U of A Old Main
100 Campus Drive

Fayetteville AR 72701

      


Old Main, the oldest building on campus, is the "mother" of all the other buildings of the University of Arkansas. Initially it was called "the University building." In 1895, it was given a name that lasted the longest-University Hall-although for many years thereafter it was affectionately called "Old Main." The Board of Trustees corrected this in 1991 when, after a major renovation, it officially changed the name to Old Main.

The construction of University Hall, completed in 1875, set a seal of permanence on the University. The building was constructed of local materials by the firm of Mayes and Oliver, under the close supervision of Judge Lafayette Gregg of Fayetteville. In its long life, it has housed many academic departments and administrative functions, as well as a gymnasium, a chapel, the University Museum, the University Library, and the campus bookstore. Its imposing appearance and hillside location make it an icon of learning for the entire state.

After Arkansas Industrial University began classes in January 1872 in hastily built frame buildings, the University's Board made plans to construct a permanent, substantial building. These plans were delayed by the failure of the federal government to issue land scrip (whereby land-grant colleges were funded). In April 1873, the land-scrip income was finally received and invested in Fayetteville and Washington County bonds, thus making $121,333 available for building purposes. The structure was based on plans that architect John M. Van Osdel of Chicago had drawn for the main building at the Illinois Industrial University. On July 4, 1873, the low bid of $123,855 of Mayes and Oliver of Fayetteville was accepted. The architectural style is Second Empire, with a Mansard roof forming the top story. The south tower has a concave silhouette, while the north tower has an ogee silhouette. On all four sides of the south tower are large round areas designed to be clock faces. These towers were reversed from the Illinois plan so that the "clock tower" could be closer to the city of Fayetteville for better viewing. No clocks were ever installed, however. (A clock was installed in the South Tower in recent years).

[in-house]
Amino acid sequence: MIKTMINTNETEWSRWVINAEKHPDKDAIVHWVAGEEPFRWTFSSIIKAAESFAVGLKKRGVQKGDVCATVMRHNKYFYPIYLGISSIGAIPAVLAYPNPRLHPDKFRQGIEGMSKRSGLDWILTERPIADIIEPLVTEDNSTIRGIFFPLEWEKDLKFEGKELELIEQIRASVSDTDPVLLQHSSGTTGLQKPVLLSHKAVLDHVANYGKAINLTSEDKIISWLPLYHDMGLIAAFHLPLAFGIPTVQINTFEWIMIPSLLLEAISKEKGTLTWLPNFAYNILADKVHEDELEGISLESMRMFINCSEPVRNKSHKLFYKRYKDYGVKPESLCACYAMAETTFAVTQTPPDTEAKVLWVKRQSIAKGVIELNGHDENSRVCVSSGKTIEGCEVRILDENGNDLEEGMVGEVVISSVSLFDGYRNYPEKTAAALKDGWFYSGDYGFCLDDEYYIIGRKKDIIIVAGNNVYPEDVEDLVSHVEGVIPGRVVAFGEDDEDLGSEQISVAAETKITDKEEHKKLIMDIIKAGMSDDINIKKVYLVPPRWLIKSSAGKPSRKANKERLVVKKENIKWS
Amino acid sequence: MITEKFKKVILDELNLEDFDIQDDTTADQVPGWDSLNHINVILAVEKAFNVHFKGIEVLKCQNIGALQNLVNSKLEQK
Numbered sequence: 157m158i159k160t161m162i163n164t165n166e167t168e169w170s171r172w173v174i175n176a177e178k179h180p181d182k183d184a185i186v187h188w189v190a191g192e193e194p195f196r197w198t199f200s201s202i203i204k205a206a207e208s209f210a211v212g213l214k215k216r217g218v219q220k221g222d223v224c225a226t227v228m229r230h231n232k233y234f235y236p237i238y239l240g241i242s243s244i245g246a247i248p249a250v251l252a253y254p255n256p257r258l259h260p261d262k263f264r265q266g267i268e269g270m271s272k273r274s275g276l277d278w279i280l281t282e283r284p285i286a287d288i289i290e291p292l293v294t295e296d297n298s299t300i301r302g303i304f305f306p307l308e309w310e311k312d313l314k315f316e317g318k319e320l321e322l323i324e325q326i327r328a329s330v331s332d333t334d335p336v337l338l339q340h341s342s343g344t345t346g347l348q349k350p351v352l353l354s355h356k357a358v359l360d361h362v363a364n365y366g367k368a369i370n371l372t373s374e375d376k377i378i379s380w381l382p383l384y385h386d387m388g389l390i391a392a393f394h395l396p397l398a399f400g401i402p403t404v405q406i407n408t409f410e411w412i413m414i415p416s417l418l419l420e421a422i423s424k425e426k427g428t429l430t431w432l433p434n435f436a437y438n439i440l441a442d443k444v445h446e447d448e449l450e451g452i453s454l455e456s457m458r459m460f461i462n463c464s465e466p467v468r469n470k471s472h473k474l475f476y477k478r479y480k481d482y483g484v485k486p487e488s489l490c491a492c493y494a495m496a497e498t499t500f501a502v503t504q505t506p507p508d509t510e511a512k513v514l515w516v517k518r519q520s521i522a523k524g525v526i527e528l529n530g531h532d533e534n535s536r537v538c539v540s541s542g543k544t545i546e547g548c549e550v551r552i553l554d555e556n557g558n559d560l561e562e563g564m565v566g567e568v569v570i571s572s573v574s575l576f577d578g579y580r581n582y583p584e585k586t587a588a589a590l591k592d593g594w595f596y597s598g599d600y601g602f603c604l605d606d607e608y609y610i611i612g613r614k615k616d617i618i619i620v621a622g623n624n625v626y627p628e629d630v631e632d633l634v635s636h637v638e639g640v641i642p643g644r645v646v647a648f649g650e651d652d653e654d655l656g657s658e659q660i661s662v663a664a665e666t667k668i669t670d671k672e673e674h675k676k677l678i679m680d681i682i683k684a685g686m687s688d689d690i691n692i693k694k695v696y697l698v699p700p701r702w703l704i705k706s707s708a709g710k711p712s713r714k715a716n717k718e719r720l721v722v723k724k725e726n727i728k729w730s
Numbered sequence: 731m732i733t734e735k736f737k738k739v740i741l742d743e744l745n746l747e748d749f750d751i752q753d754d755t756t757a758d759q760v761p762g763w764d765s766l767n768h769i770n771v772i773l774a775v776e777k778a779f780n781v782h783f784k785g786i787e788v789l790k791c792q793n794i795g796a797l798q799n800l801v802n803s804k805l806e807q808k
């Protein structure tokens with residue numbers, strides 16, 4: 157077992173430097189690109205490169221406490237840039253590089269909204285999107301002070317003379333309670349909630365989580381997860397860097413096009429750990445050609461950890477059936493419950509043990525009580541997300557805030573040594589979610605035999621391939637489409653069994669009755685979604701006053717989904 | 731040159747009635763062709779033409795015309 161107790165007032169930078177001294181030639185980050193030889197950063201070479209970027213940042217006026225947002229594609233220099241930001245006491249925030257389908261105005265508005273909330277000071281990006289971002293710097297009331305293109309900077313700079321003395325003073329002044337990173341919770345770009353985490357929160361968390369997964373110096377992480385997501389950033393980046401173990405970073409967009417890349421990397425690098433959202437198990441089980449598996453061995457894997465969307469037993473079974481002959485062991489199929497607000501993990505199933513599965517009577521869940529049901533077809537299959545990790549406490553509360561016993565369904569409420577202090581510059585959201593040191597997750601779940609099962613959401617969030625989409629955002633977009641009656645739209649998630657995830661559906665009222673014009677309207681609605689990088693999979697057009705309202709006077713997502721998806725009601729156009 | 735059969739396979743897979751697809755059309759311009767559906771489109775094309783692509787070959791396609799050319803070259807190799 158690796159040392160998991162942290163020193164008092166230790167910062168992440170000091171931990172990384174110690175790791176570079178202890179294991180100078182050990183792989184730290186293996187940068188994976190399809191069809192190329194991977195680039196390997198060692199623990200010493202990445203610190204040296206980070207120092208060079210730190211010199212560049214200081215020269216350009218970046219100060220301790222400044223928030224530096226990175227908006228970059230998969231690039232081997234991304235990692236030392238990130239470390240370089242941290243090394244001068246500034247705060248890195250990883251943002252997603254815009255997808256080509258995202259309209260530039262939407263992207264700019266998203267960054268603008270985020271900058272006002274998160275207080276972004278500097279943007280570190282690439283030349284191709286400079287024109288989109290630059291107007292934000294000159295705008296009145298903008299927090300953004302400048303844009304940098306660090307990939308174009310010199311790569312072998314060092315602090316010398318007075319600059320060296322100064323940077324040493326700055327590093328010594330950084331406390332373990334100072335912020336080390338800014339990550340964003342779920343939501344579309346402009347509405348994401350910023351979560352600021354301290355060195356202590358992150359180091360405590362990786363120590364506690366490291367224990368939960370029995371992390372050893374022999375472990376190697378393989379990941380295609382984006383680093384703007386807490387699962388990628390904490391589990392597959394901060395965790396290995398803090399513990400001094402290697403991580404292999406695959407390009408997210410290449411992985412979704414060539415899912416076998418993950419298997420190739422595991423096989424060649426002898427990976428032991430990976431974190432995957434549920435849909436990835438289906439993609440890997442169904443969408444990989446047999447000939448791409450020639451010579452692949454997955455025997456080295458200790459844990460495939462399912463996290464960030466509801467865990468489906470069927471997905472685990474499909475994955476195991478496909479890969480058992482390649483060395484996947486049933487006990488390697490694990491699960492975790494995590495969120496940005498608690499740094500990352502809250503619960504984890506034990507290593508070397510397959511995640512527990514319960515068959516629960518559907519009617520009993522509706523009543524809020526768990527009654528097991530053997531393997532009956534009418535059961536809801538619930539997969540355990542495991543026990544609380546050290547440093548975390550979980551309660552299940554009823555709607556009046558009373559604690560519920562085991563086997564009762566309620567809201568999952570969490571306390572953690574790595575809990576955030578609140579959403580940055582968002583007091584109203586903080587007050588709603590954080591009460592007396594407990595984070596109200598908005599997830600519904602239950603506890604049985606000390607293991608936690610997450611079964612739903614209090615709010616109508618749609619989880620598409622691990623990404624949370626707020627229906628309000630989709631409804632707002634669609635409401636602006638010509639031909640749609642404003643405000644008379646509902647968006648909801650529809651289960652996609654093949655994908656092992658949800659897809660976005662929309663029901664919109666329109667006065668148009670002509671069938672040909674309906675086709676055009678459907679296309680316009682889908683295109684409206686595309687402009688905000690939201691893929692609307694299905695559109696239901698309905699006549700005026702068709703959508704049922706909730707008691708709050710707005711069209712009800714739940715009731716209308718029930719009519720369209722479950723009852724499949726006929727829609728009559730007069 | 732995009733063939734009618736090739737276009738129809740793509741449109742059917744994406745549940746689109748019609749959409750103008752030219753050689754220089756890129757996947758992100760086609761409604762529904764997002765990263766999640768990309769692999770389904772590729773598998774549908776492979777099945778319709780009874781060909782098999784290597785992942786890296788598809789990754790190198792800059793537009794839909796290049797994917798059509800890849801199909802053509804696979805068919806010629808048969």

Old Main is a survivor. It withstood major fires in October 1905, August 1919, and October 1940. It was the first Fayetteville structure to be entered in the National Register of Historic Places in June 1970 and among the first in Arkansas to be so designated.

Despite regular maintenance, by the 1960s Old Main was rapidly deteriorating. What fire had not done, weather, rot, moisture, and termites were doing in earnest. In 1971, the Fort Smith firm of Mott, Mobley, McGowan & Griffin was hired to renovate and rehabilitate Old Main, a process that took 20 years. The exterior of the building underwent stabilization and repair, but funding delays forced its evacuation. In 1985, the Arkansas Legislature appropriated $4 million if the University could raise the remainder. Under Chancellor Dan Ferritor, a fund raising campaign, "Bring Old Main Back to Life," generated $6 million in two years. A comprehensive renovation began in 1989 and was completed by the spring of 1991, restoring the building to full elegance and beauty. At that time, Old Main was rededicated and given over to the J. William Fulbright College of Arts & Sciences.

Bibliography:
U of A website - Historic Buildings



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